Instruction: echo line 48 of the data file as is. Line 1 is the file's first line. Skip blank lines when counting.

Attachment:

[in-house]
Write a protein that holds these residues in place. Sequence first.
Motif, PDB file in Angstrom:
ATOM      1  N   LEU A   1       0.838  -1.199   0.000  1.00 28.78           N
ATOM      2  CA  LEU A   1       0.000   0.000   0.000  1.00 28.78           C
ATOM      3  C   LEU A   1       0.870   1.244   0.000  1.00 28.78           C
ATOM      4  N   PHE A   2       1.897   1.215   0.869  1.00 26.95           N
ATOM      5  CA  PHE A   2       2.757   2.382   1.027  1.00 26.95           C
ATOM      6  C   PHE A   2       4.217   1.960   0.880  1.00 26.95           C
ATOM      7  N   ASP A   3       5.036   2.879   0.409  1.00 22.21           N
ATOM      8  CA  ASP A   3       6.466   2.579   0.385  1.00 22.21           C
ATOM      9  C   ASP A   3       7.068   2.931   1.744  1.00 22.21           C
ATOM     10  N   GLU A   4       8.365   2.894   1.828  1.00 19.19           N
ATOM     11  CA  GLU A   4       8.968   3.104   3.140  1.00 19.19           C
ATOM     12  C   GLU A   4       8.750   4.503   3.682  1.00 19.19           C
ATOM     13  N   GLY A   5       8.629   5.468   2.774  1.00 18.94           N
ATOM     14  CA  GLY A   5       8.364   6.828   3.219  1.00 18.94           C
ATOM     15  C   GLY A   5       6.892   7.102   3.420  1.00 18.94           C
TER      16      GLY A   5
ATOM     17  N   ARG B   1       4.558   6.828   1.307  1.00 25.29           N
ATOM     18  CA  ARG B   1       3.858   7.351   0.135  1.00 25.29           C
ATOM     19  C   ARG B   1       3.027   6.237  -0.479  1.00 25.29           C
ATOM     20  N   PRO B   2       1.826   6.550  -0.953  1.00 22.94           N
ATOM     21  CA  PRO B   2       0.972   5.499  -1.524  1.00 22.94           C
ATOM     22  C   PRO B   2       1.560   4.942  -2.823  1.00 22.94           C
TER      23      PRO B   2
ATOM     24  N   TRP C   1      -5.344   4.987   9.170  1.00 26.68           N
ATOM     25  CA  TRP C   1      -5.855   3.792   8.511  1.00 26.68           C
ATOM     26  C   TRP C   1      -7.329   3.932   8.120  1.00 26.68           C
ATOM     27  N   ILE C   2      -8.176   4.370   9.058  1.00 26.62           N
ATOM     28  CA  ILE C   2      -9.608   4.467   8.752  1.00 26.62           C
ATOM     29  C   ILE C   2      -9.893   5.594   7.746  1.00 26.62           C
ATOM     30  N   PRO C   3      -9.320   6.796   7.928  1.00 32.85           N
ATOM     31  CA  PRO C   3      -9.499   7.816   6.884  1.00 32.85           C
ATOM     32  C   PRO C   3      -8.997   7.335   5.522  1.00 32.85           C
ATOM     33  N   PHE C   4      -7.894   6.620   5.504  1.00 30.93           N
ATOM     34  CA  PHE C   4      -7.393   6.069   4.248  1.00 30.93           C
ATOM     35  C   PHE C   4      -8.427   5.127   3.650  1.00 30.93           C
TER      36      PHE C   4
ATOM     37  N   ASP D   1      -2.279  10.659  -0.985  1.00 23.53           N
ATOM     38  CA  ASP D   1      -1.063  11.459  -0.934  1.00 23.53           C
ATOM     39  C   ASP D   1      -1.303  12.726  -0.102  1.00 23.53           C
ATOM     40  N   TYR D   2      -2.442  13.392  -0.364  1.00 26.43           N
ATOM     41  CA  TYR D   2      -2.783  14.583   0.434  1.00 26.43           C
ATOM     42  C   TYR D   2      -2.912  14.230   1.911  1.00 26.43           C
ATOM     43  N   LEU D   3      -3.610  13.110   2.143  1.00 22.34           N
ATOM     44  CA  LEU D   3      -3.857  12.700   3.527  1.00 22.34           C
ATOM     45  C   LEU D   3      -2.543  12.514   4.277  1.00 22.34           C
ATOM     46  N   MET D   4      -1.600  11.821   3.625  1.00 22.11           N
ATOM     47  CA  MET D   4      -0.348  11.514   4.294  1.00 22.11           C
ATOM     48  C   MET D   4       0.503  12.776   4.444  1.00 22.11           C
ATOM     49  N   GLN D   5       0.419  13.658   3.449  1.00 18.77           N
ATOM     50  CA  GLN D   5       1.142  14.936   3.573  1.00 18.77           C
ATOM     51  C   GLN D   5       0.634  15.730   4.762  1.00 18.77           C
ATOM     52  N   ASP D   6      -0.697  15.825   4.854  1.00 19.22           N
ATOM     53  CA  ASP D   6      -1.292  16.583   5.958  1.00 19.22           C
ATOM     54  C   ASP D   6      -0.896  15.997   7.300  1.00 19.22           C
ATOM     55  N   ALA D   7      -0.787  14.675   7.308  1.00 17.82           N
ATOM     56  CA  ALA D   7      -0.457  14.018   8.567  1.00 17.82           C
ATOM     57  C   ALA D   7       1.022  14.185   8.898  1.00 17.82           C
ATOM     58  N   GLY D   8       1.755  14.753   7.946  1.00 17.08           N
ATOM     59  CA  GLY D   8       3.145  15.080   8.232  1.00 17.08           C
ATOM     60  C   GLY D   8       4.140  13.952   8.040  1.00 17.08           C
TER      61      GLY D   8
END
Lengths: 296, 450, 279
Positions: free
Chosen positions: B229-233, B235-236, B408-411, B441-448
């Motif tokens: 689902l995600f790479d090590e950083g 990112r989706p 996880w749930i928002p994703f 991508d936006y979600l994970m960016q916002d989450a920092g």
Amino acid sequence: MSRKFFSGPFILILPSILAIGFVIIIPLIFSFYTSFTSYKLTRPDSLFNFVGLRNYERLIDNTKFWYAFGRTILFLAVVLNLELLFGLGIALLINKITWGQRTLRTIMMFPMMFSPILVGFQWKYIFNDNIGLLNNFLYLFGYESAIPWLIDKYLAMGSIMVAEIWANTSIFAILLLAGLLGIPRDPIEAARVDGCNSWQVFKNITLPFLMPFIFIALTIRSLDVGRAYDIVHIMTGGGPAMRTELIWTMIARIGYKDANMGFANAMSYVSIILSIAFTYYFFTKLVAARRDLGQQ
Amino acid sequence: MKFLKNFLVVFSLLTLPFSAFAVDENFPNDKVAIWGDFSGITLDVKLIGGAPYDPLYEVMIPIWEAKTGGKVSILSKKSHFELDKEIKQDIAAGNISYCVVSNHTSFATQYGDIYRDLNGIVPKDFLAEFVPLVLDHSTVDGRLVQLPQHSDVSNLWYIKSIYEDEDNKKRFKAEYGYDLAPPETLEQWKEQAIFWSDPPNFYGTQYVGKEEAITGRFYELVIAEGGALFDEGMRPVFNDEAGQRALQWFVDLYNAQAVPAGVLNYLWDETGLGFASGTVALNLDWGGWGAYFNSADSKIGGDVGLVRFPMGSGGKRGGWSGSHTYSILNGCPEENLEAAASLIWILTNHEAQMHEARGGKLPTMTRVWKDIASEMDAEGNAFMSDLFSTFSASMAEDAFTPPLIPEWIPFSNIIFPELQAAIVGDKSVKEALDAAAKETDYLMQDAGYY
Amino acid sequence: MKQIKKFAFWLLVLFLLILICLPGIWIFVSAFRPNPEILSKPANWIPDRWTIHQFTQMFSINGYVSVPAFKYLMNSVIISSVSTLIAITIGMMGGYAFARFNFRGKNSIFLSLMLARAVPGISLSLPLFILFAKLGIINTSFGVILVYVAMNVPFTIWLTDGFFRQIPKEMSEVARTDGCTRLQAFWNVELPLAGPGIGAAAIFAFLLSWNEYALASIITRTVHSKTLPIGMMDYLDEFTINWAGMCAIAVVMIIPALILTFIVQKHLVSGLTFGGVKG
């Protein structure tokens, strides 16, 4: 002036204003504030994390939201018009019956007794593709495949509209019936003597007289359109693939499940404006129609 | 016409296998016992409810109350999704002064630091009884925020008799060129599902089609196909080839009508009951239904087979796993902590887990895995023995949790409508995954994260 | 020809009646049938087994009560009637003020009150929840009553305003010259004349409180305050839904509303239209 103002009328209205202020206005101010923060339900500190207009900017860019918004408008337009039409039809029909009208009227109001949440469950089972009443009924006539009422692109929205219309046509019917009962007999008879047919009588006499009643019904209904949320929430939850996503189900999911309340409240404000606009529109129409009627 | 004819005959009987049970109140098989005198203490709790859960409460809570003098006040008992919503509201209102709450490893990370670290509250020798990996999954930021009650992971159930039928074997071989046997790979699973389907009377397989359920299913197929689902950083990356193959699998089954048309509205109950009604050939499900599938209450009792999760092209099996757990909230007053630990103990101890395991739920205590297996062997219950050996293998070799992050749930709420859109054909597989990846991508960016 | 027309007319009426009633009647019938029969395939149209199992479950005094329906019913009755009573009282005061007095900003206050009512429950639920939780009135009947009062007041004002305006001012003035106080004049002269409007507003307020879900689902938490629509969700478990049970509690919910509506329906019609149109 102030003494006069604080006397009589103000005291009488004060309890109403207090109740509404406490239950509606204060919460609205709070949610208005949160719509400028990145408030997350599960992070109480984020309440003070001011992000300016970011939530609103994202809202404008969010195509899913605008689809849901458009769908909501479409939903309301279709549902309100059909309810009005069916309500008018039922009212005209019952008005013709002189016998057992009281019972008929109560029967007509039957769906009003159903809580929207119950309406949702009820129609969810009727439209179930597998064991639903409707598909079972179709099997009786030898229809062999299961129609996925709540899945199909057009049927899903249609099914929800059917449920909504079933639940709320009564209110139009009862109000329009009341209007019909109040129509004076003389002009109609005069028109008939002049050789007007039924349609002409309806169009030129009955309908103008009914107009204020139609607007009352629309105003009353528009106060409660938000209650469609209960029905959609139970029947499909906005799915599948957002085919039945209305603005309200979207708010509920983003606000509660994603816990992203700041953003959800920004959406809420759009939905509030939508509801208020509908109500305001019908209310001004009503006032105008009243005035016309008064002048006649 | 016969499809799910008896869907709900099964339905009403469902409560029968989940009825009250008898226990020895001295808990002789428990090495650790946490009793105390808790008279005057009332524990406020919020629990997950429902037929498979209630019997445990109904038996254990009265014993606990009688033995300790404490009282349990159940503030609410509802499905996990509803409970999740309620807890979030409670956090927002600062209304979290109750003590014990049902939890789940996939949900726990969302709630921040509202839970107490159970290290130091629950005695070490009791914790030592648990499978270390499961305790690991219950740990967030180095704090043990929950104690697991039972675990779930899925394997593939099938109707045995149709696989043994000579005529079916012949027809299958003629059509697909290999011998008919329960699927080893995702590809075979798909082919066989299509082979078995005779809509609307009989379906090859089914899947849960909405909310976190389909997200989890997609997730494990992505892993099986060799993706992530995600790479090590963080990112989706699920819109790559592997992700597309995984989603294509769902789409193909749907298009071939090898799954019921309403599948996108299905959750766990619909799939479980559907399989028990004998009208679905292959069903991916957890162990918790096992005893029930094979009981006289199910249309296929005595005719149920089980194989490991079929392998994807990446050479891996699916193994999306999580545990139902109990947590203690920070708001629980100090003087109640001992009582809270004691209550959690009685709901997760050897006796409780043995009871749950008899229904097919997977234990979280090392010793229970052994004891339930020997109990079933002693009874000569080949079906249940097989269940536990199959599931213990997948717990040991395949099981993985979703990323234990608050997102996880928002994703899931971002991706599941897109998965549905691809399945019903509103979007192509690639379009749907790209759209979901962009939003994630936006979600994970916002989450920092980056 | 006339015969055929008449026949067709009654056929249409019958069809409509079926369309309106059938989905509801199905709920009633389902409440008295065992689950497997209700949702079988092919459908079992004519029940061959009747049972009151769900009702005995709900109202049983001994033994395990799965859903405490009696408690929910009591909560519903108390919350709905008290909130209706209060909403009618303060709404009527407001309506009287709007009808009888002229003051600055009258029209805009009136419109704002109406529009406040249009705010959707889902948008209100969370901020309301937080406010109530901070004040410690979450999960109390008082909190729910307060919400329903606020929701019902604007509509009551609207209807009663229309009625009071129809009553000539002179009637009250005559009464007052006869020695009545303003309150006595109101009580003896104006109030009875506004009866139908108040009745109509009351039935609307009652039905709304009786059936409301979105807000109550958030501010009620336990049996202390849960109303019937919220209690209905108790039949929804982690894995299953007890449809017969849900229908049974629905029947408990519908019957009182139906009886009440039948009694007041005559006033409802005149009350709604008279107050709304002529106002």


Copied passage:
ATOM     45  C   LEU D   3      -2.543  12.514   4.277  1.00 22.34           C